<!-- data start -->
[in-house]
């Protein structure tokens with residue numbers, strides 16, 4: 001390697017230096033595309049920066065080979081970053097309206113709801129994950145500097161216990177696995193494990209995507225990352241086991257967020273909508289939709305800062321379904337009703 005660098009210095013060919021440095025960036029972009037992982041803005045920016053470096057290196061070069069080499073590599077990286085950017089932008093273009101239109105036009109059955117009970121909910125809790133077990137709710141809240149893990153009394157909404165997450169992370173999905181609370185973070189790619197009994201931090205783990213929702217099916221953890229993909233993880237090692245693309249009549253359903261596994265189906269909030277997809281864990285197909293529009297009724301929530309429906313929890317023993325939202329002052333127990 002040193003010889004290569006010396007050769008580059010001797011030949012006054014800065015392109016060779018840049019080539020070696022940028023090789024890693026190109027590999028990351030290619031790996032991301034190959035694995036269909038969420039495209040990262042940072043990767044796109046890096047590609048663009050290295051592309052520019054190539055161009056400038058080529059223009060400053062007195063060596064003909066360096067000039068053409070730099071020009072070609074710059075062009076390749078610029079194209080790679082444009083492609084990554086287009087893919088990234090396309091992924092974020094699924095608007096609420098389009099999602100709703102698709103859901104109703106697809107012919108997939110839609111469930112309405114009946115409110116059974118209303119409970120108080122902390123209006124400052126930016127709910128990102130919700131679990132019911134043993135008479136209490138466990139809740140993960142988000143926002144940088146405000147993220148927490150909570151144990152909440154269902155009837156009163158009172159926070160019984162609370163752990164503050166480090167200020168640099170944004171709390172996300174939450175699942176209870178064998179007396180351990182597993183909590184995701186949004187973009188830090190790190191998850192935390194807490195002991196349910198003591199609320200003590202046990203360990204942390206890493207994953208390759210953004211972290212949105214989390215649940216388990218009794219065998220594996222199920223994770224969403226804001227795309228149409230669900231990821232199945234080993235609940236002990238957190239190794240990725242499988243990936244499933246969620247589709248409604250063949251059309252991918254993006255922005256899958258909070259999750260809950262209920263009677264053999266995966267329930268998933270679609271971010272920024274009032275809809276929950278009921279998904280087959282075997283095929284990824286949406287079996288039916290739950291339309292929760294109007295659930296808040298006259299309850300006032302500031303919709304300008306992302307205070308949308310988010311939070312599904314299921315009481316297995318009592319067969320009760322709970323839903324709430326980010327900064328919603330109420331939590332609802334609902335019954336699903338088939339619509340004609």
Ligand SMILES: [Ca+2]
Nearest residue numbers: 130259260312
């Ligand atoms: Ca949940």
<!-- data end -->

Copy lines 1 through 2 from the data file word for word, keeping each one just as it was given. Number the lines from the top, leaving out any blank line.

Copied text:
[in-house]
């Protein structure tokens with residue numbers, strides 16, 4: 001390697017230096033595309049920066065080979081970053097309206113709801129994950145500097161216990177696995193494990209995507225990352241086991257967020273909508289939709305800062321379904337009703 005660098009210095013060919021440095025960036029972009037992982041803005045920016053470096057290196061070069069080499073590599077990286085950017089932008093273009101239109105036009109059955117009970121909910125809790133077990137709710141809240149893990153009394157909404165997450169992370173999905181609370185973070189790619197009994201931090205783990213929702217099916221953890229993909233993880237090692245693309249009549253359903261596994265189906269909030277997809281864990285197909293529009297009724301929530309429906313929890317023993325939202329002052333127990 002040193003010889004290569006010396007050769008580059010001797011030949012006054014800065015392109016060779018840049019080539020070696022940028023090789024890693026190109027590999028990351030290619031790996032991301034190959035694995036269909038969420039495209040990262042940072043990767044796109046890096047590609048663009050290295051592309052520019054190539055161009056400038058080529059223009060400053062007195063060596064003909066360096067000039068053409070730099071020009072070609074710059075062009076390749078610029079194209080790679082444009083492609084990554086287009087893919088990234090396309091992924092974020094699924095608007096609420098389009099999602100709703102698709103859901104109703106697809107012919108997939110839609111469930112309405114009946115409110116059974118209303119409970120108080122902390123209006124400052126930016127709910128990102130919700131679990132019911134043993135008479136209490138466990139809740140993960142988000143926002144940088146405000147993220148927490150909570151144990152909440154269902155009837156009163158009172159926070160019984162609370163752990164503050166480090167200020168640099170944004171709390172996300174939450175699942176209870178064998179007396180351990182597993183909590184995701186949004187973009188830090190790190191998850192935390194807490195002991196349910198003591199609320200003590202046990203360990204942390206890493207994953208390759210953004211972290212949105214989390215649940216388990218009794219065998220594996222199920223994770224969403226804001227795309228149409230669900231990821232199945234080993235609940236002990238957190239190794240990725242499988243990936244499933246969620247589709248409604250063949251059309252991918254993006255922005256899958258909070259999750260809950262209920263009677264053999266995966267329930268998933270679609271971010272920024274009032275809809276929950278009921279998904280087959282075997283095929284990824286949406287079996288039916290739950291339309292929760294109007295659930296808040298006259299309850300006032302500031303919709304300008306992302307205070308949308310988010311939070312599904314299921315009481316297995318009592319067969320009760322709970323839903324709430326980010327900064328919603330109420331939590332609802334609902335019954336699903338088939339619509340004609």